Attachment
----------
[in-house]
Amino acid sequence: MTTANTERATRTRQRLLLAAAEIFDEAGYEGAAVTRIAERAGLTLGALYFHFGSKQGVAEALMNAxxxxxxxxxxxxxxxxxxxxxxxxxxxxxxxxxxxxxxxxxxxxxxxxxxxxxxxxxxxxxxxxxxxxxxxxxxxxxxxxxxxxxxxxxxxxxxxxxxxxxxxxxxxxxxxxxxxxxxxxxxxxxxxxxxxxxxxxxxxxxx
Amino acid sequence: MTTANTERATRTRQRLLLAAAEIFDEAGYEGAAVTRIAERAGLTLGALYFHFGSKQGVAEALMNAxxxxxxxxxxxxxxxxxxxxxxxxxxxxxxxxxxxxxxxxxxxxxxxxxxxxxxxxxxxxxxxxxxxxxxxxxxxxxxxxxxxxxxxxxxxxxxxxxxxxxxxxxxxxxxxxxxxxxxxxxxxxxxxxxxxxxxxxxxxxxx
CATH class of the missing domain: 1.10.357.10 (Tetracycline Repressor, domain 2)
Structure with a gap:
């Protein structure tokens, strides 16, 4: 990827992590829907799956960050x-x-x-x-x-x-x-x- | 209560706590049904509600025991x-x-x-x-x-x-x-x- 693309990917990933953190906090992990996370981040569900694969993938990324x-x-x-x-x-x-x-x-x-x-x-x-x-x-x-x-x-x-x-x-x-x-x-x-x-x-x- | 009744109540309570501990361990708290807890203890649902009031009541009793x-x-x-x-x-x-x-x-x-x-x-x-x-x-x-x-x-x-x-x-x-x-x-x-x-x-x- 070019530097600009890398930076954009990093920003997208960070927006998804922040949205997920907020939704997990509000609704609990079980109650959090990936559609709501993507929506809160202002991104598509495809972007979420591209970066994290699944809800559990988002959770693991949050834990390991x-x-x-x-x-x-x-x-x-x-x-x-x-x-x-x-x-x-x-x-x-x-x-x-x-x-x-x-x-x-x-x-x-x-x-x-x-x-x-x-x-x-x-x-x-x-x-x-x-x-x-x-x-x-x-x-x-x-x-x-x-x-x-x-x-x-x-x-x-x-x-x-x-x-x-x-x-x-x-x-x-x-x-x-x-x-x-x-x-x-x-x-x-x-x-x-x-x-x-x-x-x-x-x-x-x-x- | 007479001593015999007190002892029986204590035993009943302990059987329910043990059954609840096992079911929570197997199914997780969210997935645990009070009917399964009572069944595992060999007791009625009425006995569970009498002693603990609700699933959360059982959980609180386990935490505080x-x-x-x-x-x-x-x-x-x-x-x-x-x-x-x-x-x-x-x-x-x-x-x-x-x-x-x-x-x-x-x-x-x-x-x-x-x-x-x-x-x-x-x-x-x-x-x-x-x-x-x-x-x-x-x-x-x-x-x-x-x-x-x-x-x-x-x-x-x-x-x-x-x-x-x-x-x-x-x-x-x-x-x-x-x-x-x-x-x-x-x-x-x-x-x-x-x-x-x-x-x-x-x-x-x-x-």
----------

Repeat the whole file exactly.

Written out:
[in-house]
Amino acid sequence: MTTANTERATRTRQRLLLAAAEIFDEAGYEGAAVTRIAERAGLTLGALYFHFGSKQGVAEALMNAxxxxxxxxxxxxxxxxxxxxxxxxxxxxxxxxxxxxxxxxxxxxxxxxxxxxxxxxxxxxxxxxxxxxxxxxxxxxxxxxxxxxxxxxxxxxxxxxxxxxxxxxxxxxxxxxxxxxxxxxxxxxxxxxxxxxxxxxxxxxxx
Amino acid sequence: MTTANTERATRTRQRLLLAAAEIFDEAGYEGAAVTRIAERAGLTLGALYFHFGSKQGVAEALMNAxxxxxxxxxxxxxxxxxxxxxxxxxxxxxxxxxxxxxxxxxxxxxxxxxxxxxxxxxxxxxxxxxxxxxxxxxxxxxxxxxxxxxxxxxxxxxxxxxxxxxxxxxxxxxxxxxxxxxxxxxxxxxxxxxxxxxxxxxxxxxx
CATH class of the missing domain: 1.10.357.10 (Tetracycline Repressor, domain 2)
Structure with a gap:
């Protein structure tokens, strides 16, 4: 990827992590829907799956960050x-x-x-x-x-x-x-x- | 209560706590049904509600025991x-x-x-x-x-x-x-x- 693309990917990933953190906090992990996370981040569900694969993938990324x-x-x-x-x-x-x-x-x-x-x-x-x-x-x-x-x-x-x-x-x-x-x-x-x-x-x- | 009744109540309570501990361990708290807890203890649902009031009541009793x-x-x-x-x-x-x-x-x-x-x-x-x-x-x-x-x-x-x-x-x-x-x-x-x-x-x- 070019530097600009890398930076954009990093920003997208960070927006998804922040949205997920907020939704997990509000609704609990079980109650959090990936559609709501993507929506809160202002991104598509495809972007979420591209970066994290699944809800559990988002959770693991949050834990390991x-x-x-x-x-x-x-x-x-x-x-x-x-x-x-x-x-x-x-x-x-x-x-x-x-x-x-x-x-x-x-x-x-x-x-x-x-x-x-x-x-x-x-x-x-x-x-x-x-x-x-x-x-x-x-x-x-x-x-x-x-x-x-x-x-x-x-x-x-x-x-x-x-x-x-x-x-x-x-x-x-x-x-x-x-x-x-x-x-x-x-x-x-x-x-x-x-x-x-x-x-x-x-x-x-x-x- | 007479001593015999007190002892029986204590035993009943302990059987329910043990059954609840096992079911929570197997199914997780969210997935645990009070009917399964009572069944595992060999007791009625009425006995569970009498002693603990609700699933959360059982959980609180386990935490505080x-x-x-x-x-x-x-x-x-x-x-x-x-x-x-x-x-x-x-x-x-x-x-x-x-x-x-x-x-x-x-x-x-x-x-x-x-x-x-x-x-x-x-x-x-x-x-x-x-x-x-x-x-x-x-x-x-x-x-x-x-x-x-x-x-x-x-x-x-x-x-x-x-x-x-x-x-x-x-x-x-x-x-x-x-x-x-x-x-x-x-x-x-x-x-x-x-x-x-x-x-x-x-x-x-x-x-």